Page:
Two roads to democracy
Compared to Western standards most Muslim countries of the World tend to have a poor record of democracy. But one should take into account that most of these states are developing countries and have a history of colonialism and violent conflicts. There are Christian countries in many parts of the world who are no better off than the Muslim ones.
Still, one should not downplay the role of religion. There are different perceptions of the meaning of democracy. Some aspects of Western democracy could be transferred to an Islamic country, like the principles of majority rule and equality. But other aspects, like liberty, women’s rights, freedom of speech, and the protection of minorities could prove more difficult to include in an Islamic version of democracy. The Quran can be interpreted to support a variety of positions, and the Sharia is troublesome, particularly in the areas of rights for women and non-Muslims.
However, countries with Sharia, like Sudan and Iran, had abusive governments before Islamic-oriented regimes rose to power. Secular based regimes like that of Syria and Saddam Hussein’s Iraq have been among the worst violators of human rights. The point here being that even though religion is an important factor when it comes to the success of democracy in the Islamic world, other variables must be taken into account.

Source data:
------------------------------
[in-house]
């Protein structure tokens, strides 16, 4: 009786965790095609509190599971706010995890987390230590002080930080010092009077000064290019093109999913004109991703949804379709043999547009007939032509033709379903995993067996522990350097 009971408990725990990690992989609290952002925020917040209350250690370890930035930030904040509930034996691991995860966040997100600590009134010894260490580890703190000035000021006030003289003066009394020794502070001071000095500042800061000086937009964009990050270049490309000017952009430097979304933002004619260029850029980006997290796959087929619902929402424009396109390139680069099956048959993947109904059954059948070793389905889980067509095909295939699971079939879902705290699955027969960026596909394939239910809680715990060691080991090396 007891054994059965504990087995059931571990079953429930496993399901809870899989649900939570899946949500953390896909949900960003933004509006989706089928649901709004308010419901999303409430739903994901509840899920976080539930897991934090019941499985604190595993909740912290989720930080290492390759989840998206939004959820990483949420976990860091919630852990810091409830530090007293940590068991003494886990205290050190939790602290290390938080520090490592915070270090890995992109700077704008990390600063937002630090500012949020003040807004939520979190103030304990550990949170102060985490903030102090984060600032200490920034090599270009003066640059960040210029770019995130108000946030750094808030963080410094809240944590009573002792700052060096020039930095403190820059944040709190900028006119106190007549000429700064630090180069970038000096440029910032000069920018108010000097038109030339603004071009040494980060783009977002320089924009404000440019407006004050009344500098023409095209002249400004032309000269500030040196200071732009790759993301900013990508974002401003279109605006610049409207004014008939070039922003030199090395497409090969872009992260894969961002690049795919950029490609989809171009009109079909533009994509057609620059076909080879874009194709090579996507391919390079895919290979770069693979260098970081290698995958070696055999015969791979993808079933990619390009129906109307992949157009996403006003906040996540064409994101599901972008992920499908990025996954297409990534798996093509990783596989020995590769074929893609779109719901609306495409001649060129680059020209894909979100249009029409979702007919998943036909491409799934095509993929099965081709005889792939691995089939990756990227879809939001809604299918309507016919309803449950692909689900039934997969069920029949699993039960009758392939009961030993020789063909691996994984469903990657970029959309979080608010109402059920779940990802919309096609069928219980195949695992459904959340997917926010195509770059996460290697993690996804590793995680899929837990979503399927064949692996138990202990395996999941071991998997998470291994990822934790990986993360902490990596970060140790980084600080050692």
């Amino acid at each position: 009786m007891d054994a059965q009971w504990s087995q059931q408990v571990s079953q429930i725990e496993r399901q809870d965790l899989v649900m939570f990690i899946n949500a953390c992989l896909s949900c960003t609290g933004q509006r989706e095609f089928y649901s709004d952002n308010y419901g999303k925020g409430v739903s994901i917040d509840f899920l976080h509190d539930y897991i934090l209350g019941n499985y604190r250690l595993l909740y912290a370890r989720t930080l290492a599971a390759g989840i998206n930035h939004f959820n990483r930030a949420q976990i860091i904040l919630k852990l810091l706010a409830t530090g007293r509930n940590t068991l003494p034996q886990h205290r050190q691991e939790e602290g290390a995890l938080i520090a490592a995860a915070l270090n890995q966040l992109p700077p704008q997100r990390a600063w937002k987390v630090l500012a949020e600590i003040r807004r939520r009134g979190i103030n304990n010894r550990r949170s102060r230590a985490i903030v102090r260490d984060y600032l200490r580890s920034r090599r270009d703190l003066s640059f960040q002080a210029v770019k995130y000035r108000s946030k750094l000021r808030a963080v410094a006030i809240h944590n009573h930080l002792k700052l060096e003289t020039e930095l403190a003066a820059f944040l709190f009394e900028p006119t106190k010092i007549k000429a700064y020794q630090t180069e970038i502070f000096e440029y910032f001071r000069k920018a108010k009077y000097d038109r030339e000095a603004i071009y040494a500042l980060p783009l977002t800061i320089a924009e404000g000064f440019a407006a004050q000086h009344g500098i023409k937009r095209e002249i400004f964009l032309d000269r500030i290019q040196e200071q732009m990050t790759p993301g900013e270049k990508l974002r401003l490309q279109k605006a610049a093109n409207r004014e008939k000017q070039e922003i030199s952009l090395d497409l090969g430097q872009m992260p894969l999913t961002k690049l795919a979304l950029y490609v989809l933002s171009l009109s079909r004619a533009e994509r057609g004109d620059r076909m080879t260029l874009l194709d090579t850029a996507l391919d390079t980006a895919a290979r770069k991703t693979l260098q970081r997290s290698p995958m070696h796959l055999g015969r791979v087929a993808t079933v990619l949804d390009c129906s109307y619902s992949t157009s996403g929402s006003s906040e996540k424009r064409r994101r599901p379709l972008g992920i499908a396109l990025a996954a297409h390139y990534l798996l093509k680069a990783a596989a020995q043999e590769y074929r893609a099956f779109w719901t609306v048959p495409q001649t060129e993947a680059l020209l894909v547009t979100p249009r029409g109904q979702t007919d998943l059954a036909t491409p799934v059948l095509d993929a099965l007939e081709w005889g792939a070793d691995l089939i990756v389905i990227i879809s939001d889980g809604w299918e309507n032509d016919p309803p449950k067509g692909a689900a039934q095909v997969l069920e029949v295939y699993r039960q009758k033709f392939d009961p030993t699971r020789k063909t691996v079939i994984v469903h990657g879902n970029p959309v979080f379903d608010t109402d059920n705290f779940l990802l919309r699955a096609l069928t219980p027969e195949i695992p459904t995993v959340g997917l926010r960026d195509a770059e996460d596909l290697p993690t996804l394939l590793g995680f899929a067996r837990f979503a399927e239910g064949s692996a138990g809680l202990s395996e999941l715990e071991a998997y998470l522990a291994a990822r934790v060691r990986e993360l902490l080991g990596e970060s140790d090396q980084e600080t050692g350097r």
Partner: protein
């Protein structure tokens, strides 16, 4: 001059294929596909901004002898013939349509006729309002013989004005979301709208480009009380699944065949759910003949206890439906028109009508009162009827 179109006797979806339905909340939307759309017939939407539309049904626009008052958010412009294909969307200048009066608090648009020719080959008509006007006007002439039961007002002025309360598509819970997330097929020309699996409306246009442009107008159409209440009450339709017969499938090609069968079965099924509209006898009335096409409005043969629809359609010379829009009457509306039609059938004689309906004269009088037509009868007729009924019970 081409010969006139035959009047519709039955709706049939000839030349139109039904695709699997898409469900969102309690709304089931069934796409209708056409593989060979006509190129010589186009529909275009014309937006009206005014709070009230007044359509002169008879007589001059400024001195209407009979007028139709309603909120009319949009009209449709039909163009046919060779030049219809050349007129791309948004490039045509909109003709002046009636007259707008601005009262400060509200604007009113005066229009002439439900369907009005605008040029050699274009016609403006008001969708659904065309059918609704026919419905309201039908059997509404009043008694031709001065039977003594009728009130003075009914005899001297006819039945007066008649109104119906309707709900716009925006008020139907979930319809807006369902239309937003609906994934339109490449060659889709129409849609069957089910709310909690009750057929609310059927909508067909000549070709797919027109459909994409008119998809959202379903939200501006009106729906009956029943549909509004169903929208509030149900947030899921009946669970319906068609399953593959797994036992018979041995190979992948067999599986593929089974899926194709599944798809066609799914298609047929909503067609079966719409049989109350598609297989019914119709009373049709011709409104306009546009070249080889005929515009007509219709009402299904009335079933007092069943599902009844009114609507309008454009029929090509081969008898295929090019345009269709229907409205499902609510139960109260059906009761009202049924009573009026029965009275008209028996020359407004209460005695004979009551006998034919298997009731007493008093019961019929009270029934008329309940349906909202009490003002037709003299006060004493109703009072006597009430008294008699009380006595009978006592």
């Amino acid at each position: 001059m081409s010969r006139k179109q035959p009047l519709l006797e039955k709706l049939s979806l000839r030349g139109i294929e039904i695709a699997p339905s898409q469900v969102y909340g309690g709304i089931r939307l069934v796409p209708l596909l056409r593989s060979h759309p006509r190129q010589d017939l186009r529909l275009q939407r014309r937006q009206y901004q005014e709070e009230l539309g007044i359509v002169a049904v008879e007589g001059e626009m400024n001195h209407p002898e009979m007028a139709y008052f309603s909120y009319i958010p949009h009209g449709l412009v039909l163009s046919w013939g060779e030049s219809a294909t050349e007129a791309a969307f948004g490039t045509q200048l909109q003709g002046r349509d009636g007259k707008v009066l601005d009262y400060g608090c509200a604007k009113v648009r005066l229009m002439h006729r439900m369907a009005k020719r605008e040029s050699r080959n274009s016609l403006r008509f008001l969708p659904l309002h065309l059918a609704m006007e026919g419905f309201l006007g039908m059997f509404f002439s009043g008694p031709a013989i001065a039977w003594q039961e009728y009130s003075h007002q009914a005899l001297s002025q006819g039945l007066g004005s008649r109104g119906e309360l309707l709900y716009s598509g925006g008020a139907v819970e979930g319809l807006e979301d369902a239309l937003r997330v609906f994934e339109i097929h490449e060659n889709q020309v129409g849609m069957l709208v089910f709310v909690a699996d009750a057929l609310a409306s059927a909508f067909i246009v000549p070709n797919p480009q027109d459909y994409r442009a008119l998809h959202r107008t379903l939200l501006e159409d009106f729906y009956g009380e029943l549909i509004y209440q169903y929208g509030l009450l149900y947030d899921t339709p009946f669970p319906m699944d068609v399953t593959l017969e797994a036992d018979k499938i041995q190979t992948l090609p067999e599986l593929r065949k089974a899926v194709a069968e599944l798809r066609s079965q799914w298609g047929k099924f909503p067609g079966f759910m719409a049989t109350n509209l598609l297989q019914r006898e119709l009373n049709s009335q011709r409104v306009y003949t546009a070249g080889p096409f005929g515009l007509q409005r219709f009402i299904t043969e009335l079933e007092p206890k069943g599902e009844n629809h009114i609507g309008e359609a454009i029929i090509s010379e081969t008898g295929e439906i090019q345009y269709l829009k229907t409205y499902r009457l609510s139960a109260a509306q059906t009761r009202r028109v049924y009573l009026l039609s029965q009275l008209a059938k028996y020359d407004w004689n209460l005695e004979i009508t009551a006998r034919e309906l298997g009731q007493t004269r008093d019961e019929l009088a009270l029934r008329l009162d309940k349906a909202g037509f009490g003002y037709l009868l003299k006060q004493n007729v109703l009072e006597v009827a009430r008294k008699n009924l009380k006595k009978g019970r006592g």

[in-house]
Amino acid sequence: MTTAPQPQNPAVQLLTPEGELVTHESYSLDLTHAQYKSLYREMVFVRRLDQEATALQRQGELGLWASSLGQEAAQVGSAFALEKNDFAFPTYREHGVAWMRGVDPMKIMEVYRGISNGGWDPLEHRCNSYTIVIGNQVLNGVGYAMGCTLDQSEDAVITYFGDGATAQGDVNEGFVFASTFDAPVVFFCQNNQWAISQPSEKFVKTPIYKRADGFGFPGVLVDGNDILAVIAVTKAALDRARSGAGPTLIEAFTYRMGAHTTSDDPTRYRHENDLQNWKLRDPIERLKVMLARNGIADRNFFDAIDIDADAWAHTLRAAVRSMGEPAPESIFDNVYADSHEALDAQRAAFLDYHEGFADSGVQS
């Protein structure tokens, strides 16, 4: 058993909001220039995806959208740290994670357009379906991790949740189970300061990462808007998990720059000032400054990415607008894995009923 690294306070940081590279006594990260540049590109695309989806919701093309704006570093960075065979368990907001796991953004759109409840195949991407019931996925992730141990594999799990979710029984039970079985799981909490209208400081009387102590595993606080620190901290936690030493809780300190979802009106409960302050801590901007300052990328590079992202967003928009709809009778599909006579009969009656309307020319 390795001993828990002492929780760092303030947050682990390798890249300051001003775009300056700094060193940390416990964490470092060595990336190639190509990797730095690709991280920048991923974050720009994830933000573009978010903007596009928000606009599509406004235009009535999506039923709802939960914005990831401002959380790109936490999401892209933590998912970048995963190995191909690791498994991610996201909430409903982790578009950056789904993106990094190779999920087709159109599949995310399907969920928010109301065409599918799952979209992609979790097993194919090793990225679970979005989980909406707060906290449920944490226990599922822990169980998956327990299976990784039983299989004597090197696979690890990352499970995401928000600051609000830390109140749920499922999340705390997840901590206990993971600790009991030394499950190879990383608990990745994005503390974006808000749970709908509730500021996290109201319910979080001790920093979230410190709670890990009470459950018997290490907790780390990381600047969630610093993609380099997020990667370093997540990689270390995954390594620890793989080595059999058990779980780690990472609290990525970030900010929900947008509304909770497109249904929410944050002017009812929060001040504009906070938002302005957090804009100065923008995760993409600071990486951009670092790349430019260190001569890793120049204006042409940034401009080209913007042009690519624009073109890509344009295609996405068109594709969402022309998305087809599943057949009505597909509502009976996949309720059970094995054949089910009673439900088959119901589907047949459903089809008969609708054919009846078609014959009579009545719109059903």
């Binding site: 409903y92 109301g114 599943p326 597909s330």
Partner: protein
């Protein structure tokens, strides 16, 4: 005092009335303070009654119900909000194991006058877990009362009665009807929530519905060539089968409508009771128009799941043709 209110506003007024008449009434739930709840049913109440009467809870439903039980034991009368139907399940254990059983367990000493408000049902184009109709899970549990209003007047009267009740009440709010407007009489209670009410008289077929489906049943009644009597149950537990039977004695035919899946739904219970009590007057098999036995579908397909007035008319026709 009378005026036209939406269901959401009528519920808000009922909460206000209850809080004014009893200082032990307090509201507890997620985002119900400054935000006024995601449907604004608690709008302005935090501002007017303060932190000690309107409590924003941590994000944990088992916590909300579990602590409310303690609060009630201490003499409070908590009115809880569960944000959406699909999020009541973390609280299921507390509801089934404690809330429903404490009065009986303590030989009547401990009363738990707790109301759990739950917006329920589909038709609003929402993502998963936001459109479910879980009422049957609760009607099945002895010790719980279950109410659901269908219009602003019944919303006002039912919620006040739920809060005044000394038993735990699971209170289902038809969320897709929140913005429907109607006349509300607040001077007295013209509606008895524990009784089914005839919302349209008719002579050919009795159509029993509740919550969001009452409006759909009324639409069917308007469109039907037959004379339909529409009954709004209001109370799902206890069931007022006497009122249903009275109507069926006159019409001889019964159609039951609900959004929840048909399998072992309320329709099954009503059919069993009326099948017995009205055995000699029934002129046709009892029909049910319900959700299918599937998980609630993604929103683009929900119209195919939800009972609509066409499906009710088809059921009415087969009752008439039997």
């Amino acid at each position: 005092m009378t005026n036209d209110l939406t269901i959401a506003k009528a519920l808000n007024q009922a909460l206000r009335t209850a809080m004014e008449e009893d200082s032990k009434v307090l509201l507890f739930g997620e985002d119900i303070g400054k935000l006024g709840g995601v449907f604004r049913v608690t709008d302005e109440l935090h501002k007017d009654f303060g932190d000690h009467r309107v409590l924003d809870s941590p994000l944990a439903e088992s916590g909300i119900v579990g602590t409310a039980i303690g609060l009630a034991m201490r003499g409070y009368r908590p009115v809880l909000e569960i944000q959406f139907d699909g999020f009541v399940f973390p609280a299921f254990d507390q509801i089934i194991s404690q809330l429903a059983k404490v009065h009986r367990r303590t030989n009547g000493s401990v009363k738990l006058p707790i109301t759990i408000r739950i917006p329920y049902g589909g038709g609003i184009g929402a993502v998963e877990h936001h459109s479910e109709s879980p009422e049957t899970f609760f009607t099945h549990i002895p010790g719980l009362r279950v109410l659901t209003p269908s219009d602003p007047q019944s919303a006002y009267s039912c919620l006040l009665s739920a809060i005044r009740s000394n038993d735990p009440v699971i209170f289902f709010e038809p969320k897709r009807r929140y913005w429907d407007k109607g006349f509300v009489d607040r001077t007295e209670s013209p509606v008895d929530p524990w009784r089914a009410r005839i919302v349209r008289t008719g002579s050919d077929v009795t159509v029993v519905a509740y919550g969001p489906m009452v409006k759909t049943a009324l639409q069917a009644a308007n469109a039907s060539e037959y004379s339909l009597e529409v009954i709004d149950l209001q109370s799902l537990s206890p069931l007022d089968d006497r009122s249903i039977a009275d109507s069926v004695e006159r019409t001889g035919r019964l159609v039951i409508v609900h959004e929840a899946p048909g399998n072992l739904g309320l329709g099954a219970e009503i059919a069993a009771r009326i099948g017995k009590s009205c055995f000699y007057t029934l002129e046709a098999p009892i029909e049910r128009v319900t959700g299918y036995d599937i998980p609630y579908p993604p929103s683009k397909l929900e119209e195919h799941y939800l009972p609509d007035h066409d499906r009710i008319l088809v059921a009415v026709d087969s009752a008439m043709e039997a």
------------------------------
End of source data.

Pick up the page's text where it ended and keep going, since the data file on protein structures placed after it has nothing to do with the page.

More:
We have looked at two routes for achieving a democratic Muslim world. One path is to make Islam compatible with democracy. This implies a modernization or westernization of society, as Kemal Atatürk’s Turkey is an example of. Even though Turkey, Indonesia, and Bangladesh are not prime examples of liberal democracies, one could still argue that this is a step in the right direction. But again, achieving democracy could prove difficult. Westernization might not be a very popular thing to introduce due to the ongoing conflicts in the contemporary Muslim world.
The second route is to make democracy compatible with Islam. As already mentioned one has the Islamic traditions of consultation and ijma. These are local fundaments from which one could build an Islamic version of democracy. Other components such as equality and participation are also inherent in Islam, as all Muslims are partners in the community of believers and are equal before God. Unfortunately Islam seems to be lacking other elements of what most Westerners conceive as being important elements of democracy.
Huntington, Samuel P. (1996). The Clash of Civilizations and the Remaking of World Order. New York: Simon & Schuster.
Inglehart, Ronald (1997). Modernization and Postmodernization: Cultural, Economic, and Political Change in 43 Societies. Princeton, NJ: Princeton University Press.
Mazrui, Ali A. (1997). “Islamic and Western Values” Foreign Affairs, 76(5): 118–132.